Volunteer Specialists Program
Each year, the Foundation’s Volunteer Specialist Program provides teams of highly skilled medical specialists who offer their services at no charge to work in Katherine and remote Indigenous communities in the Northern Territory. The program has recently expanded to include volunteer visits to our south Pacific neighbour, the Solomon Islands.
The Volunteer Specialist Program began in 2008 with seven teams of specialists in Orthopaedics, Ear, Nose and Throat, Dental, Obstetrics and Gynaecology working in Katherine. During an intensive week, the teams completed about 300 patient consultations and 100 theatre procedures valued at approximately $600,000.
The specialist teams have continued these visits each year since then, providing all services without charge. The teams generally spend 3-4 days conducting outpatient consultations in remote communities surrounding Katherine, including Lajamanu, Kalkarindji, Timber Creek, Borroloola, Minyerri, Barunga and Ngukurr, and 1-2 days operating in the Katherine Hospital.
Most trips to remote communities are by charter plane. This, together with limited free time during the week, gives team members a fantastic opportunity to explore the beautiful top end country, while providing valuable services to the people living in this remote region.
An article in the Canberra Doctor (read it here) told the story of a couple of our team visits.
Katherine, about 300km south of Darwin along the Stuart Highway on the Katherine River, is adjacent to the beautiful Katherine Gorge. The population of Katherine is around 9,000. This includes RAAF Base Tindal which adds a population of 2,200 defence force members and their families to the area. The Katherine District covers an area roughly the size of Victoria, some 350,000sq km, and has a total population of 20,000 people. The town population comprises 30% Indigenous people and the remote population comprises around 95% Indigenous people.
After a decline in demand for volunteer specialist services in the NT more recently, the Foundation is now working with Australia’s south pacific neighbour, the Solomon Islands. The Pacific Health Program, as it is known, is aimed at contributing to community health improvement and building the capacity and capability of local health professionals by sharing Members’ knowledge and skills.
Foundation visiting teams are based at the National Referral Hospital (NRH) in the capital, Honiara, where they work with local staff to deliver medical education and services. The focus on medical education aims to add to the long term sustainability of the program and provide opportunities to Solomons doctors they might not otherwise be able to access.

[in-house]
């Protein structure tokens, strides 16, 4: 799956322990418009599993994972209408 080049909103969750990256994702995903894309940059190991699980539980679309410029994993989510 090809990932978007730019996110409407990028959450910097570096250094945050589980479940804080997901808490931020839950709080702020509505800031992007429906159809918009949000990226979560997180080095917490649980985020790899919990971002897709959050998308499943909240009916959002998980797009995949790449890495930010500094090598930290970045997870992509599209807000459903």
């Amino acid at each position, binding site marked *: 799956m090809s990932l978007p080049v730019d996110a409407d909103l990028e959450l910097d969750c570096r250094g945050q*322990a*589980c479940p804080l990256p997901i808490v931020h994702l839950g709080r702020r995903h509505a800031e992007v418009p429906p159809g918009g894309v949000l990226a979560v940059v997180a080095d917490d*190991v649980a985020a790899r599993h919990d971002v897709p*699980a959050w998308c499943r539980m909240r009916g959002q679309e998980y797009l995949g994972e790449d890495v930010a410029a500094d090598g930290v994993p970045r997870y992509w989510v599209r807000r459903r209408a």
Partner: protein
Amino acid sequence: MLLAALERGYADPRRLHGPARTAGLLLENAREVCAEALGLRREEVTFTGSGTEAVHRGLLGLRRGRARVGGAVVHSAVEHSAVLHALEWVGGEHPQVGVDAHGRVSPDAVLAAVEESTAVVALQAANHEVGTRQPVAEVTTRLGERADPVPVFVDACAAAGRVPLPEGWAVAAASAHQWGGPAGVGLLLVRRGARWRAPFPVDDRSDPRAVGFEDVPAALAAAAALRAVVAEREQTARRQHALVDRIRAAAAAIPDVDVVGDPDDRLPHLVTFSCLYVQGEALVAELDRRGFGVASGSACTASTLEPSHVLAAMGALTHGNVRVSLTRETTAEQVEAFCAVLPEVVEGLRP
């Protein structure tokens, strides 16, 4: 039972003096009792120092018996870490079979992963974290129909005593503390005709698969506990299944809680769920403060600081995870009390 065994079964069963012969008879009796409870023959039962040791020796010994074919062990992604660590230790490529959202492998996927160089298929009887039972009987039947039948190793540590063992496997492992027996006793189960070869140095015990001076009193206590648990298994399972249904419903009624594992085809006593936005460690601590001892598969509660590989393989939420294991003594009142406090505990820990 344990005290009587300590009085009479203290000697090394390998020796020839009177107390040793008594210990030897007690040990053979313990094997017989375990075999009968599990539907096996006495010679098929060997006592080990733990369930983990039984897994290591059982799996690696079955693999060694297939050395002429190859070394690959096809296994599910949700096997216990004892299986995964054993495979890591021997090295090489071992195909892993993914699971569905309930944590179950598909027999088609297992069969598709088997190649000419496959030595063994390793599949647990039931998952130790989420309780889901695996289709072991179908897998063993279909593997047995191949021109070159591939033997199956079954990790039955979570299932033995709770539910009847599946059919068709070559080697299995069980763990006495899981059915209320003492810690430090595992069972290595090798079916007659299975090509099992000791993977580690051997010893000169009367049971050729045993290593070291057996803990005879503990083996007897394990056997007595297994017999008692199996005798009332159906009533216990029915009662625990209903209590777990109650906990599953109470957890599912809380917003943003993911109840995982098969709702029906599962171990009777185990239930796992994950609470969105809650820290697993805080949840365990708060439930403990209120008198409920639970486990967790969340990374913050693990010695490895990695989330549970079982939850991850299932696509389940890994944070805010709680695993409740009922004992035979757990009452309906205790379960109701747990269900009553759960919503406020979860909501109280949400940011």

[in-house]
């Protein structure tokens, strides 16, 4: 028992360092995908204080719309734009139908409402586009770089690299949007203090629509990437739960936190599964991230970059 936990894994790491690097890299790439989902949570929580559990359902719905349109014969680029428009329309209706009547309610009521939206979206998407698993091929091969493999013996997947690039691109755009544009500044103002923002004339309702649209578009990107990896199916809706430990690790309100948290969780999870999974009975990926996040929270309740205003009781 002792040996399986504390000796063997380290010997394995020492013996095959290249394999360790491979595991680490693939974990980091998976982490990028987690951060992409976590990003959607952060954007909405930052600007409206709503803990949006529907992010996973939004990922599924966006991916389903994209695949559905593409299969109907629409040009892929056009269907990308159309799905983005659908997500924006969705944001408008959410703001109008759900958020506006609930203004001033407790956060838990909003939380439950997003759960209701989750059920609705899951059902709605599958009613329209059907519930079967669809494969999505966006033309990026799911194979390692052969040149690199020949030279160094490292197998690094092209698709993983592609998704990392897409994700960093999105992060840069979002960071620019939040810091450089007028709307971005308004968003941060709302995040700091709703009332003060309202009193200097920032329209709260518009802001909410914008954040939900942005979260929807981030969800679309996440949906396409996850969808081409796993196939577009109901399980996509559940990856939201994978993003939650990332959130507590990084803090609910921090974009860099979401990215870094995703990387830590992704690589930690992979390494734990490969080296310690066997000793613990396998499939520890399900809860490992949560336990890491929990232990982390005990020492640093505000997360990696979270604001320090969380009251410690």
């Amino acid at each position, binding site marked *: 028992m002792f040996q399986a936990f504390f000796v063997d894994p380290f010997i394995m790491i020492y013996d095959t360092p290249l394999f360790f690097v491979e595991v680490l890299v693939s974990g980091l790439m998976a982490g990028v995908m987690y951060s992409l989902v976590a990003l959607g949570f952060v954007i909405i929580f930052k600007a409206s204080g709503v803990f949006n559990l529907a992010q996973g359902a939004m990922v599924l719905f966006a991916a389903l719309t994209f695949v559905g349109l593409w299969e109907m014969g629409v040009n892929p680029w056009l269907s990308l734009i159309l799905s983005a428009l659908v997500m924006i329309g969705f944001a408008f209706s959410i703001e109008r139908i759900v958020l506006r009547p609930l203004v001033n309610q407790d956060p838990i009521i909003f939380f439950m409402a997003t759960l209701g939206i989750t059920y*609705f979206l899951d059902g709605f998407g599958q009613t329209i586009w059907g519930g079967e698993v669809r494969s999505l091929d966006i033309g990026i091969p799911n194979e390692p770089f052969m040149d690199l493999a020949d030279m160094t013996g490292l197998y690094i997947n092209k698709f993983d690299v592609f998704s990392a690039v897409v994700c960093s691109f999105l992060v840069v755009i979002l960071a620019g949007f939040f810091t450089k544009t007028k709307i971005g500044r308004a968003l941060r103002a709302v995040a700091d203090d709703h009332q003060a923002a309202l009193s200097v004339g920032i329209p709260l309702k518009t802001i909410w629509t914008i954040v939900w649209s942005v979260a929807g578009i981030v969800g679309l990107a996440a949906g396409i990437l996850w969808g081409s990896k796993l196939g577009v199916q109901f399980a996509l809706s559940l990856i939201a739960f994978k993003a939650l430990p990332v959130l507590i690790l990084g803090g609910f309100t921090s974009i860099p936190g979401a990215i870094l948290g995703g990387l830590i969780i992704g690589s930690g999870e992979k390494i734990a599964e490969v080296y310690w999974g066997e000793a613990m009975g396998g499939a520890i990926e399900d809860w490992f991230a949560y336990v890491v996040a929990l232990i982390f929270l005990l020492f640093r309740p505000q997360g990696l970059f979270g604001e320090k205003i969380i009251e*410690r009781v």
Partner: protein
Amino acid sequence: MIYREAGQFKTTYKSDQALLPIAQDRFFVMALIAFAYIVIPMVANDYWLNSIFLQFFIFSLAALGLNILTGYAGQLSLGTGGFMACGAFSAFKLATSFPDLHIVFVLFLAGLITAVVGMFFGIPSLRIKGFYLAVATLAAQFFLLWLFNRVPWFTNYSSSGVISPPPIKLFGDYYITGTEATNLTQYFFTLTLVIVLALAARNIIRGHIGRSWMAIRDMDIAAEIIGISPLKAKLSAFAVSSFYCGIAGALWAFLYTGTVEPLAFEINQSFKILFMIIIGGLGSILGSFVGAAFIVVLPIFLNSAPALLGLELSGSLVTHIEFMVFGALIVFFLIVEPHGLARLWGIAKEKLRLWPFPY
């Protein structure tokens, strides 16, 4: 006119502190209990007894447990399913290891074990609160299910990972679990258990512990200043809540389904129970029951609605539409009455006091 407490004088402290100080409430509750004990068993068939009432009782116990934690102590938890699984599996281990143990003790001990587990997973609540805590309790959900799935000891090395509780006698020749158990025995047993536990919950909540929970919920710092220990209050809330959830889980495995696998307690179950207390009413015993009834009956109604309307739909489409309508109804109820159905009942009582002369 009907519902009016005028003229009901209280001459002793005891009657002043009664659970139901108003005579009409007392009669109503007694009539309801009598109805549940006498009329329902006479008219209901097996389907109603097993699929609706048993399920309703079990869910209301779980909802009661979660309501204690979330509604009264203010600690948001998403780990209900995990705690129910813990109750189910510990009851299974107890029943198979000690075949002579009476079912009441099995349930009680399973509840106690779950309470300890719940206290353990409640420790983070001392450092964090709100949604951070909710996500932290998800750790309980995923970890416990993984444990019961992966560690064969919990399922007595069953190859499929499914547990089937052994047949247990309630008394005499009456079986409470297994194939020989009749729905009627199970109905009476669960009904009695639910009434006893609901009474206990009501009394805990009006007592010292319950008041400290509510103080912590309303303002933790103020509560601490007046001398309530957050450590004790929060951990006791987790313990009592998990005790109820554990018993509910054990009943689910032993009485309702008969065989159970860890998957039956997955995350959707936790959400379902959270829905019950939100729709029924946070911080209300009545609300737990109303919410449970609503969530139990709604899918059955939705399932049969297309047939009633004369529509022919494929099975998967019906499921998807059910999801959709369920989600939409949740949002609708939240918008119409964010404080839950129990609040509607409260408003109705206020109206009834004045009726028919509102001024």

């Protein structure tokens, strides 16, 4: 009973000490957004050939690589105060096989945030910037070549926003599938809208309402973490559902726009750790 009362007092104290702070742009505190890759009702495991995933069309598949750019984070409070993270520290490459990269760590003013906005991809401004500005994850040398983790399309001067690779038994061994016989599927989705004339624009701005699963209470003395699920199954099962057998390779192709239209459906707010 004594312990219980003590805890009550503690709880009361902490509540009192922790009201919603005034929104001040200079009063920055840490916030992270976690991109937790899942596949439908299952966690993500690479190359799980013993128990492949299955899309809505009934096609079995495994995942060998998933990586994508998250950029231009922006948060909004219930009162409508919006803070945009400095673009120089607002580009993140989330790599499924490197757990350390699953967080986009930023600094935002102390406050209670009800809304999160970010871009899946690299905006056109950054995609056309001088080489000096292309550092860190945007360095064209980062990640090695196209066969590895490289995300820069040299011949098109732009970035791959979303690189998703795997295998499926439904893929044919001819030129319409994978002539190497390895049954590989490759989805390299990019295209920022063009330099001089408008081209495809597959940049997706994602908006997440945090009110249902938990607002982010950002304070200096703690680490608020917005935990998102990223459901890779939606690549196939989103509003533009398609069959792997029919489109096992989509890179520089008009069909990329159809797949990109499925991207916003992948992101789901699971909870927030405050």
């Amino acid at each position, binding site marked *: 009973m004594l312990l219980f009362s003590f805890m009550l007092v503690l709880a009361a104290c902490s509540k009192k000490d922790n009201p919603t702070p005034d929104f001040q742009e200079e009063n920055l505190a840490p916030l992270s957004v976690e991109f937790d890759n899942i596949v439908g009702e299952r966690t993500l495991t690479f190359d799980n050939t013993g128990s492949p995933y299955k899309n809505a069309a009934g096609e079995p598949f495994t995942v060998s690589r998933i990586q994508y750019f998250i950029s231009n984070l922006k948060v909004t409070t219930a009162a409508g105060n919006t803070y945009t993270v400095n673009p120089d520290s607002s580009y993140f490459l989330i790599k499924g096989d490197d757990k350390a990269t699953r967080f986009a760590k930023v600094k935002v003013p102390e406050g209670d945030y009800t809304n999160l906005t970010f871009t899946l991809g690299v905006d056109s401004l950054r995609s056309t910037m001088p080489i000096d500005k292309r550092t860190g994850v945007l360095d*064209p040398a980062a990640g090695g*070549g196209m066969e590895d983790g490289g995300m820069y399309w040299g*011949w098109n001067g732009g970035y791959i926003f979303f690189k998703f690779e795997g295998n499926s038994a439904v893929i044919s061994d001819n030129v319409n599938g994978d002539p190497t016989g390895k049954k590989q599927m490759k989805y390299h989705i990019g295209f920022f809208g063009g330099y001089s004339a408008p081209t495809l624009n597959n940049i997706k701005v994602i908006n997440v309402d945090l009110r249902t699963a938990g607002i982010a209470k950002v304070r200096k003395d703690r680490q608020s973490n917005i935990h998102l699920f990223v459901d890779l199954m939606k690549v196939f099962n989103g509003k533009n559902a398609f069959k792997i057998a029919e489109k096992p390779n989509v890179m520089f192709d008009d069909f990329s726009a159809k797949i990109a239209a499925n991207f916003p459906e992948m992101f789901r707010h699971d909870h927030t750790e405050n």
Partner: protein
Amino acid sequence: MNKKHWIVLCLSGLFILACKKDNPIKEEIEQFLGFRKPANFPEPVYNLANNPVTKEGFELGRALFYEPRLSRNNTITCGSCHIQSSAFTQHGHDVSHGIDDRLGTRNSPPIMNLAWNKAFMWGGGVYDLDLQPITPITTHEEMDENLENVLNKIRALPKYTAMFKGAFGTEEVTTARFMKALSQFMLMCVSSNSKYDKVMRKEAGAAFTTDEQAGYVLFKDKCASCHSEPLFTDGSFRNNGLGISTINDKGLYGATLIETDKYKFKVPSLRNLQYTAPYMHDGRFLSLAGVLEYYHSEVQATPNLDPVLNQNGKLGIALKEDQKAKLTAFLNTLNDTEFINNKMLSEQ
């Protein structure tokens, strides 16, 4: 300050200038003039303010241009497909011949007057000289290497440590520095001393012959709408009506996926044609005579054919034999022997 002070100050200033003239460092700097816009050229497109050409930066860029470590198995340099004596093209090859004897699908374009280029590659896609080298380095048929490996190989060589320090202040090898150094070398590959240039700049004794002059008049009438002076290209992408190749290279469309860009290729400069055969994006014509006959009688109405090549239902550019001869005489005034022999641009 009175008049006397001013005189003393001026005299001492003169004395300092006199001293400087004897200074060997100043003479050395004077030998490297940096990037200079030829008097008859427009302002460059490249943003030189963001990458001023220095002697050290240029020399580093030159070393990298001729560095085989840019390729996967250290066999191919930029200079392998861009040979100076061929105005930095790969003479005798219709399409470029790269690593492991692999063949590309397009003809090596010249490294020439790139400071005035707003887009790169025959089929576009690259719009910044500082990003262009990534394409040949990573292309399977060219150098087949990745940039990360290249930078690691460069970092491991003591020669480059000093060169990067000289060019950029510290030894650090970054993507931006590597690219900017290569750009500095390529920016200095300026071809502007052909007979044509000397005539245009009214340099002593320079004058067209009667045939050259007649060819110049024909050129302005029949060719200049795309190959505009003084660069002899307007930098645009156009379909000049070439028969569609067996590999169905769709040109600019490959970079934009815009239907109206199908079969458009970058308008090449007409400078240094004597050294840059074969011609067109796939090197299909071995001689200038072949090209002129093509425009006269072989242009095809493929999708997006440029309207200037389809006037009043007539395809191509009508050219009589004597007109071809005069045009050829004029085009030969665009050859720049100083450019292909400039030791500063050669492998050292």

After three pilot visits in 2015 to assess need, there were five visits in 2016. Together with additional scoping visits, a paediatrics team, led by Foundation Member Prof David Croaker, delivered a three day teaching program for new hospital interns, while another team, led by Member Dr Liz Gallagher, began a program of obstetrics and gynaecology service, education and support. Dr Gallagher’s trip also included training to ensure the viability of two portable ultrasounds provided to the NRH through the Foundation.
The Foundation coordinates the considerable logistics for each trip, such as freight and customs issues in both Australia and the Solomons, and also sources consumables to ensure NRH supplies are not depleted.
Front page image: Foundation Director Dr Liz Gallagher (foreground) and Dr Nicola Meares with local staff in a Honiara Hospital operating theatre during a 2016 visit.
The specialist doctor membership of the John James Foundation and nursing staff from the Calvary John James Hospital are the primary sources of volunteers for the Program (although there may be limited opportunities for other Australian registered health professionals).
The John James Foundation organises the logistics of these trips and covers many of the direct costs of participation, including:
- arranging and paying for all volunteer travel, accommodation and incidentals;
- in some circumstances a contribution towards costs while volunteering;
- insurance cover for personal accident, loss of personal effects and public liability; and
- medical malpractice indemnity arranged through a NT Health volunteer contract, which provides full cover for the volunteers (except where the volunteer is grossly negligent).
The Foundation also facilitates credentialing and Working with Children Clearances. All volunteers are subject to a police check.
Given the high proportion of Indigenous patients who are treated, a short cultural introduction program is provided to all volunteers. Respect for Indigenous people and their culture is extremely important for the successful delivery of these services.
The most in-need specialties in remote areas are: ENT, Dental, Ophthalmology, Obstetrics, Gynaecology, Anaesthetics and Orthopaedics and it is from these specialties that we primarily draw our volunteers.
Please contact us for more information or to register your interest in volunteering for this extremely valuable service.